3. Post-separation financial responsibilities

It goes without saying that whether you like it or not, life goes on after separation. Bills need to be paid, we still need to get to work on time and amongst all of life’s usual stressors, you now have the burden of managing your financial circumstances on a single-income.

The sooner you resolve your property settlement the sooner the financial responsibilities from the relationship that continue to exist post-separation are allocated to the right person. That is the person who ultimately takes on the burden of a liability or the benefit of an asset.

4. Things change, people change, feelings change.

There aren’t many things that separated couples can agree on but one thing most if not all separated couples can agree on is their mutual desire to move forward with their own lives and be free and clear of the other person especially financially.

This is not in any way legally based and is more an observation based on experience. Generally, property settlement matters resolve in the first few months following separation where the desire to dwindle down the list of problems makes people more solutions focused and timely. It is wise to capitalize on the mutual desire to move forward and progress your property settlement matter immediately following separation.


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If none of the above matters to you and you are still thinking of ways to procrastinate your property settlement, then think about this one and only rule that applies to everyone.

Contrary to popular belief it is not the intention of every lawyer to bleed their client’s dry through legal fees. For me, I tell all my clients the same thing, I want to get you in and out as quickly as possible to save us both time and save you money. This becomes incredibly difficult to uphold when clients have deferred resolving their property settlement until their ready.

Like with most problems in life, if you are not 100% committed to resolving the problem, the problem usually gets bigger and more complicated. With a divorce property settlement, the problem gets more expensive to fix and sometimes is unfixable.


While I don’t have a crystal ball and I cannot tell you how long it will take to finalise your property settlement or how much it will cost you, what I can say is that it will be finalized. There is a lot of power in finality and the ability to close one chapter of your life and start a whole new chapter without the stress of financial uncertainty or instability.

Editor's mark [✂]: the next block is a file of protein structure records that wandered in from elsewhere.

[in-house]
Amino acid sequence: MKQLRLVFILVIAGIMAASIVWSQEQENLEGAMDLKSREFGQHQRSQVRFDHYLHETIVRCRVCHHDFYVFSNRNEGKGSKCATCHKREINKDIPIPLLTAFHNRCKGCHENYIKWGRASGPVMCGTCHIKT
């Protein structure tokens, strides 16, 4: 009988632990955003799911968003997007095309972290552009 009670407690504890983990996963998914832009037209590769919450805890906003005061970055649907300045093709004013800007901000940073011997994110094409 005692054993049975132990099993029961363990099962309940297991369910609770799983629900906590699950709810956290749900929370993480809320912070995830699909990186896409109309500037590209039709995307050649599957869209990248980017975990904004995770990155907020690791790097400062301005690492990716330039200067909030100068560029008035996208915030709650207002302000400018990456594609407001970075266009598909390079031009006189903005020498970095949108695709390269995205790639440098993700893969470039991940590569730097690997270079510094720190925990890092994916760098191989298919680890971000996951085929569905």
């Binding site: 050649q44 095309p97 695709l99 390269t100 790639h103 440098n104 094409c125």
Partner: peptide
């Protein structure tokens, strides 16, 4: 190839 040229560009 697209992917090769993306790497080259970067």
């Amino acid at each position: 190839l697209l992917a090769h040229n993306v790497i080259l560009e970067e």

Your first meeting with your lawyer is a bit like tearing off a band-aid you’ve left on too long, it would always be easier to just leave the band-aid on and it is too stressful to think about and painful to tear off. Lawyers are more than just lawyers, they are human beings with some of the same stress and problems in life as you, so we can sympathize and empathize with you. Your lawyer should make you feel as comfortable as possible in what is always an uncomfortable situation. They should talk to you in plain English and help you make sense of your situation and develop a strategy to move forward. At Forge Legal, there is more than one way to communicate with your lawyer, whether it be through a complimentary 10-minute discovery session or a strategy session for up to one hour, we accommodate your needs as best as possible. We really just want to get you in the door and offer our expertise to help you in your hour of need. All we ask in return is 10 out of 10 commitment from our clients. That is commitment to working together to resolve your family law matter.

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Cam Brooks
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Cam Brooks
Made a great choice to go with Forge Legal . All the staff, including Stacey on the front desk, were very professional and friendly to deal with. I would like to particularly thank Nathalie for helping me get such a positive outcome. Nathalie gave great advice, she is very efficient and a great communicator. Highly recommend.
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Alexander Prior and the team at Forge Legal were amazing. We were first home buyers, but had no doubts that our conveyancing job be well looked after from the moment we walked their office. If you're looking for a caring and compassionate lawyer, speak to Alex and thank me later.
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Tess Werner
I had Hayley Kennedy do my divorce and property settlement which included some complicated parenting orders. Hayley was thorough, caring and explained things really well during this difficult time . I appreciated her knowledge and advice that really helped me sort out issues I didn’t even know I should - to avoid problems down the track. Great lawyer!